Last November, fellow London Blue Badge Tourist Guides Tim Hudson and Jo Hoad organised us one early morning for an outing to look for the body and hear the story of Richard III at Bosworth and Leicester. Richard was the last king of England to die in battle, the last Plantagenet monarch and, after a short reign of just over two years, died calling out “Treason! Treason!” not, as Shakespeare has it, “A horse, a horse, my kingdom for a horse!”
Shakespeare was peddling the official line that Richard was an evil hunchback responsible for the deaths of his nephews and brother. The jury will be forever out on that one, although the Princes in the Tower certainly and conveniently disappeared from view soon after Richard had them sent there and then declared illegitimate. His brother, the Duke of Clarence, was not drowned in malmsey but executed on the orders of Edward the Fourth. There was little love lost between Clarence and Gloucester, the elder brother ambitious and disloyal, the younger one devoted to Edward – but not to his sons.
Tim Hudson is a convinced Ricardian and wore the white boar symbol of those who feel he was traduced by a history written by the victors, in this case Henry Tudor. Henry had been born to the then 13-year-old Lady Margaret Beaufort and his claim to the throne was weak but was strengthened on the battlefield by his mother’s husband Lord Stanley who threw his weight behind his stepson rather than his king (hence the cry of “Treason!”). Marriage to Richard’s niece Elizabeth sealed the deal and the Tudor line began.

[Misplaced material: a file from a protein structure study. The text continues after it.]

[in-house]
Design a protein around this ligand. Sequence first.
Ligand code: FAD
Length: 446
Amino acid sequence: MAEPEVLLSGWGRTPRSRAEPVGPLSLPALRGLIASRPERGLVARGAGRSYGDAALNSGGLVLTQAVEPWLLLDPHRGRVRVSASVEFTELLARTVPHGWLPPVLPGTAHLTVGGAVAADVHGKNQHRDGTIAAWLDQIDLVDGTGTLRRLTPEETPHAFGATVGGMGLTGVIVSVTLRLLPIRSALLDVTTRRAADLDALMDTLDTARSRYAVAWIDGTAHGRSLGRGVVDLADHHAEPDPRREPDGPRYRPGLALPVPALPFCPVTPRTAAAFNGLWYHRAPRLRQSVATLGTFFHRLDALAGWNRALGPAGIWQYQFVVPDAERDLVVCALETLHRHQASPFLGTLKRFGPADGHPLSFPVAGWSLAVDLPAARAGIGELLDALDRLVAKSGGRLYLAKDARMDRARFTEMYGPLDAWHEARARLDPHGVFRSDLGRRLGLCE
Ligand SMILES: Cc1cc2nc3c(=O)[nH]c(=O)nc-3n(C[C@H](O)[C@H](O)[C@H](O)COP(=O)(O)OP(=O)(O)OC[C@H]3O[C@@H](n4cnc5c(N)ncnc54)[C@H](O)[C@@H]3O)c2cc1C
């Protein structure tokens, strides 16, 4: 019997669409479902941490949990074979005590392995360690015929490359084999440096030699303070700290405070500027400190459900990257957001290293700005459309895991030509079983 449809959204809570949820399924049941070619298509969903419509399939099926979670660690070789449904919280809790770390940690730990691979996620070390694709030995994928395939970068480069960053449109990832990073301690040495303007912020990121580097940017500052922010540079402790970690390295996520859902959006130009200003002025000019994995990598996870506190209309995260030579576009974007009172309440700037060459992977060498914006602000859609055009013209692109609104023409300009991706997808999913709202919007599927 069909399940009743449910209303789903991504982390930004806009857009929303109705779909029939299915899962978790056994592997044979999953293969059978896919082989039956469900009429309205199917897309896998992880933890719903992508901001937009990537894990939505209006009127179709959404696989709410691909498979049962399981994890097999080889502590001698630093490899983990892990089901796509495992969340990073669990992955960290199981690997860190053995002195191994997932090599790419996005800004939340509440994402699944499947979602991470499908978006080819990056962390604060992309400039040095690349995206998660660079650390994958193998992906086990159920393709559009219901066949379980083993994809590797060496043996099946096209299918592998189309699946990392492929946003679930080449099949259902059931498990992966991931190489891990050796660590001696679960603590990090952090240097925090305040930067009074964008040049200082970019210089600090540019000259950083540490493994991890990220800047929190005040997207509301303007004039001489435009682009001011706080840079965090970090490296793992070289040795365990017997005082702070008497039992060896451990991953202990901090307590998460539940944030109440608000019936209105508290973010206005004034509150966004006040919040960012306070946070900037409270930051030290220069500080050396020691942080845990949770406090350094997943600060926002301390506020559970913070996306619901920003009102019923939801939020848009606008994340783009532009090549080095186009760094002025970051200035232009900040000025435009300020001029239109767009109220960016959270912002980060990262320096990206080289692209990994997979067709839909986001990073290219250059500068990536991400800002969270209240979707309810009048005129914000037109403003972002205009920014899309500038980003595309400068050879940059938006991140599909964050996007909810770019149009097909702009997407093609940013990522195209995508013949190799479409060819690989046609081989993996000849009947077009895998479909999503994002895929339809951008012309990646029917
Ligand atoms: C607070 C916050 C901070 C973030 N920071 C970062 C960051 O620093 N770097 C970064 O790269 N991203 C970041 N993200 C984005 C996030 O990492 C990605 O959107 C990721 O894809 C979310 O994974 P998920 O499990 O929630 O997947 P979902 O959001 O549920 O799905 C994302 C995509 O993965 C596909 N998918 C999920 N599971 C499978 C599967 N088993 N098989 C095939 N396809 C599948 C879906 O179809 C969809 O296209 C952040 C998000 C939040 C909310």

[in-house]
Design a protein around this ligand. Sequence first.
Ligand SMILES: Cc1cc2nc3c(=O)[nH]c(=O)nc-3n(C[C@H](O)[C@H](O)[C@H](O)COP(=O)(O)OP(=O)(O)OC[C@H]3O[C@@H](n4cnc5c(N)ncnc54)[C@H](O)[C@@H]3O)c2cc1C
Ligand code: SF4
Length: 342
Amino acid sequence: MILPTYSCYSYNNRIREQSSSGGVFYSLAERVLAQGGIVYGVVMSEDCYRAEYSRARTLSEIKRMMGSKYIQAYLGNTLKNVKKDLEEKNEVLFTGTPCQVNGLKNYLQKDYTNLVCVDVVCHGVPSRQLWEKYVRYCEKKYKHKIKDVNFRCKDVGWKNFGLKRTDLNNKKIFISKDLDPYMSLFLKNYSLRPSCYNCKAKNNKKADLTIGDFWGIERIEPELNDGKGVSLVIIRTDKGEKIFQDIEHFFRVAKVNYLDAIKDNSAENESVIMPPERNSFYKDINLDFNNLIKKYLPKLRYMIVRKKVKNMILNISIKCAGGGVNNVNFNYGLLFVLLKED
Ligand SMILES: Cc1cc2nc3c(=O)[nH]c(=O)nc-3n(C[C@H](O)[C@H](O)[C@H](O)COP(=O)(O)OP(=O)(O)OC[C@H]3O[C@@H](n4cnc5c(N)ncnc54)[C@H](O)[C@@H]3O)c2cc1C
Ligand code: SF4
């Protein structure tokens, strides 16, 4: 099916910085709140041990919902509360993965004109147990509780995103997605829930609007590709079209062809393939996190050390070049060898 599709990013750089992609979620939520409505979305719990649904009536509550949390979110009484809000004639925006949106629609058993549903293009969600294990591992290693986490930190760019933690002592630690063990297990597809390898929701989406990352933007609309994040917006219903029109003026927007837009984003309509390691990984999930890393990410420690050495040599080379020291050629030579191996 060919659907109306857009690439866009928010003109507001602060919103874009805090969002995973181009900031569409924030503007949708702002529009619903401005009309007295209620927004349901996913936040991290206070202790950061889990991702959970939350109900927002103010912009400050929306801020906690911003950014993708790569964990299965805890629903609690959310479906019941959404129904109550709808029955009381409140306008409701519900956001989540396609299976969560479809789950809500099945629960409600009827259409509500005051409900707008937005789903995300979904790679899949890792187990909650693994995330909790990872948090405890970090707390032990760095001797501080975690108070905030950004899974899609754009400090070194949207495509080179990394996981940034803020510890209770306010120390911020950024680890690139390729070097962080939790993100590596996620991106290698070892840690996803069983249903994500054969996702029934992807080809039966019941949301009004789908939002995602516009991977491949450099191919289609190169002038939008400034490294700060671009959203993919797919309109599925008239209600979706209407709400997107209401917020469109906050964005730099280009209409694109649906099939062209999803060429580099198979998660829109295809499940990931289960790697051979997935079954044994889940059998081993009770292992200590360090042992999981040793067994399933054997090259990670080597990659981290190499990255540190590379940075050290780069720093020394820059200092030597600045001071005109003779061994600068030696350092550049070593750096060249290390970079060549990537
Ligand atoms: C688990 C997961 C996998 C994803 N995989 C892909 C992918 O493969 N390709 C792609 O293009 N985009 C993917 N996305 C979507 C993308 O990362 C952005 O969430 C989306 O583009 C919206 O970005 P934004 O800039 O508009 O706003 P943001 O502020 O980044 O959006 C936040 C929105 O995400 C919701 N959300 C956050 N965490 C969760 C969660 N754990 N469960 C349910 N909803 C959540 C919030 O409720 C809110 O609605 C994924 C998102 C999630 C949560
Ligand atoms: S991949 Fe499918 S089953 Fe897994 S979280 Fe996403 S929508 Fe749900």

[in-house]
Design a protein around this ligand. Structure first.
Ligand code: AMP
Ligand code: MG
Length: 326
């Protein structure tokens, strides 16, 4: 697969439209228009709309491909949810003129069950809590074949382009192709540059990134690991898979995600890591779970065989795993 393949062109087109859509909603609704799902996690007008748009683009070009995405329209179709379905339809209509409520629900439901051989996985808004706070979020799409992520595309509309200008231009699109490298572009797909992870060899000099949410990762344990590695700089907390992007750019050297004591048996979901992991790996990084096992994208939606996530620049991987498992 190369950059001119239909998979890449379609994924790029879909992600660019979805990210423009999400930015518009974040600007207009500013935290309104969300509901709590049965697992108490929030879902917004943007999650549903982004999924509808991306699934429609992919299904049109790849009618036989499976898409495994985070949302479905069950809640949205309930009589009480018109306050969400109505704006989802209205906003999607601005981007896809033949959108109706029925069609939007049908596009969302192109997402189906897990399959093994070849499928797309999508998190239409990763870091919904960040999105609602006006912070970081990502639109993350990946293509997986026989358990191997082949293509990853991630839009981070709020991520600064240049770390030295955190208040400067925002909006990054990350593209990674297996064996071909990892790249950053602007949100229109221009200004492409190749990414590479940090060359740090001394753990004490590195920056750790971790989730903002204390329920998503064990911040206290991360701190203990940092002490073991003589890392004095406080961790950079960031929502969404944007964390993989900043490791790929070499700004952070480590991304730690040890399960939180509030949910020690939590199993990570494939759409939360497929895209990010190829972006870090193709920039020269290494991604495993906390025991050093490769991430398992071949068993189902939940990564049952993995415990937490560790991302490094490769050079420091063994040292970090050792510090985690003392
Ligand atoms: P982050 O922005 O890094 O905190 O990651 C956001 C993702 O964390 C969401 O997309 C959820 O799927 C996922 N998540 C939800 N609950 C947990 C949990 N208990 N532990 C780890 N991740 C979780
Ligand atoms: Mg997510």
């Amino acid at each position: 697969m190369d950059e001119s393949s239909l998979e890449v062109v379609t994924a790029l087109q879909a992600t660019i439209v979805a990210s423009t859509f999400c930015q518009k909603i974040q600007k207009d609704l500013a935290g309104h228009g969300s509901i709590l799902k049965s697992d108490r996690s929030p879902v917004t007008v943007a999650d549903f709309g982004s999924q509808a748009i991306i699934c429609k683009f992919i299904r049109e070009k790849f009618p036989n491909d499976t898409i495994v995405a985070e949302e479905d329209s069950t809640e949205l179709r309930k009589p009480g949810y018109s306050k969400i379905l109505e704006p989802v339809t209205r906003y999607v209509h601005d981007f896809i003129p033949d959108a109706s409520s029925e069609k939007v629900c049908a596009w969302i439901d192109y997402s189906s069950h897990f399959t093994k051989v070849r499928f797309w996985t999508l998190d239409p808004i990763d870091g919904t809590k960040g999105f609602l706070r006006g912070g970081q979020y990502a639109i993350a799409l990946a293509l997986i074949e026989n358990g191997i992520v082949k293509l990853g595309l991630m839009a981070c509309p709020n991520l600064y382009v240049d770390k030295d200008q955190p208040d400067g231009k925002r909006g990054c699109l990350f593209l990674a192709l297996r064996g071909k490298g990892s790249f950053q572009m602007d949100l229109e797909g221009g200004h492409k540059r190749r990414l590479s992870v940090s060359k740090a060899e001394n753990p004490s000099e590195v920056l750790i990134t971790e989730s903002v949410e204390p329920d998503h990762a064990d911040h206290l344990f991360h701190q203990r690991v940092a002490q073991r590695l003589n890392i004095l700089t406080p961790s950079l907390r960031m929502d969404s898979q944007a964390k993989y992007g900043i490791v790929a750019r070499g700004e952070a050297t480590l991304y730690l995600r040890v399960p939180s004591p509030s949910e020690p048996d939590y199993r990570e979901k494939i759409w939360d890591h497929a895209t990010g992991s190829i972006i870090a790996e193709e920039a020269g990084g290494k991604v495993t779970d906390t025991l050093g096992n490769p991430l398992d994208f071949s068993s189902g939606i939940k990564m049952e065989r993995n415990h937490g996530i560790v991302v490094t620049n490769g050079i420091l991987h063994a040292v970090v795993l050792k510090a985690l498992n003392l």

Modern research indicates that the battle was actually fought about two miles from the modern Bosworth visitor centre. Richard’s army outnumbered that of Henry and he was the more experienced soldier but, unable to rely on Stanley and with little popular support, he had to force the issue and bravely charged towards his rival, whose standard bearer he killed. Richard was unhorsed and became bogged down in marshy ground where he was hacked to death, refusing to flee, dying as he defended his crown. What would have happened if he had got to Henry and killed him? On such slim margins does history turn.
Richard’s supporters commissioned a statue of their hero which stands between the cathedral and the visitor centre. Advances in archaeological science mean that the bones discovered in August 2012 could be positively identified through comparing the mitochondrial DNA of a descendant of Richard’s sister, his only son having died. Richard’s head was portrayed through facial reconstruction surgery and is on display near where his skull and skeleton was found. All that were missing were the feet and – Shakespeare was right in this, at least – he did have a twisted spine.
Richard’s body was originally buried at Greyfriars monastery with little ceremony and was lost at the time of the dissolution until its well-publicised discovery, largely as the result of the fund-raising efforts of prominent Ricardian Philippa Langley. She and many others felt that their hero should have been buried in York Minster but Leicester, England’s least visited cathedral, won out in the end and has made an excellent job of presenting the tomb and story of this little-loved – or most misunderstood.
To read more blog stories written by Blue Badge Tourist Guide – Edwin Turner, visit his blog at Diary Of A Tourist Guide.